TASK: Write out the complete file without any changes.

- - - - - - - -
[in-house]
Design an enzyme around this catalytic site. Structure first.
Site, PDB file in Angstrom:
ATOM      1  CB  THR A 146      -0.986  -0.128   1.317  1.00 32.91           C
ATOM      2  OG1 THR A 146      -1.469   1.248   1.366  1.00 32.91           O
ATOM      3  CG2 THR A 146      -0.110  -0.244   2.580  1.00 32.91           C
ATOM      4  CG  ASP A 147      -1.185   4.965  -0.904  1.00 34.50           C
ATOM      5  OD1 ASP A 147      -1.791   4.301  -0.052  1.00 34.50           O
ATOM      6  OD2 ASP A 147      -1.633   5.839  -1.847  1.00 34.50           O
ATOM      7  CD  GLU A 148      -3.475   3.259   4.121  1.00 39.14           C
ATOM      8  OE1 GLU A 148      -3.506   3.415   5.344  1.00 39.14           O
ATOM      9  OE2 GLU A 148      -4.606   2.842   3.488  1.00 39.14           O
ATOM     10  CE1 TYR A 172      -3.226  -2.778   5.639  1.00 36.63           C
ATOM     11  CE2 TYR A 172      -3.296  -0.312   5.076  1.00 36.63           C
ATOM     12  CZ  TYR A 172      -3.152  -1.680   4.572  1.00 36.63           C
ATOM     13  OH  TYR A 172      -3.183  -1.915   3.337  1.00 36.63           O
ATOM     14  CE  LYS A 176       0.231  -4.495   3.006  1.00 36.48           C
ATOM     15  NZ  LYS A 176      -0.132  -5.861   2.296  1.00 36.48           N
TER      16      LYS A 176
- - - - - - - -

[in-house]
Design an enzyme around this catalytic site. Structure first.
Site, PDB file in Angstrom:
ATOM      1  CB  THR A 146      -0.986  -0.128   1.317  1.00 32.91           C
ATOM      2  OG1 THR A 146      -1.469   1.248   1.366  1.00 32.91           O
ATOM      3  CG2 THR A 146      -0.110  -0.244   2.580  1.00 32.91           C
ATOM      4  CG  ASP A 147      -1.185   4.965  -0.904  1.00 34.50           C
ATOM      5  OD1 ASP A 147      -1.791   4.301  -0.052  1.00 34.50           O
ATOM      6  OD2 ASP A 147      -1.633   5.839  -1.847  1.00 34.50           O
ATOM      7  CD  GLU A 148      -3.475   3.259   4.121  1.00 39.14           C
ATOM      8  OE1 GLU A 148      -3.506   3.415   5.344  1.00 39.14           O
ATOM      9  OE2 GLU A 148      -4.606   2.842   3.488  1.00 39.14           O
ATOM     10  CE1 TYR A 172      -3.226  -2.778   5.639  1.00 36.63           C
ATOM     11  CE2 TYR A 172      -3.296  -0.312   5.076  1.00 36.63           C
ATOM     12  CZ  TYR A 172      -3.152  -1.680   4.572  1.00 36.63           C
ATOM     13  OH  TYR A 172      -3.183  -1.915   3.337  1.00 36.63           O
ATOM     14  CE  LYS A 176       0.231  -4.495   3.006  1.00 36.48           C
ATOM     15  NZ  LYS A 176      -0.132  -5.861   2.296  1.00 36.48           N
TER      16      LYS A 176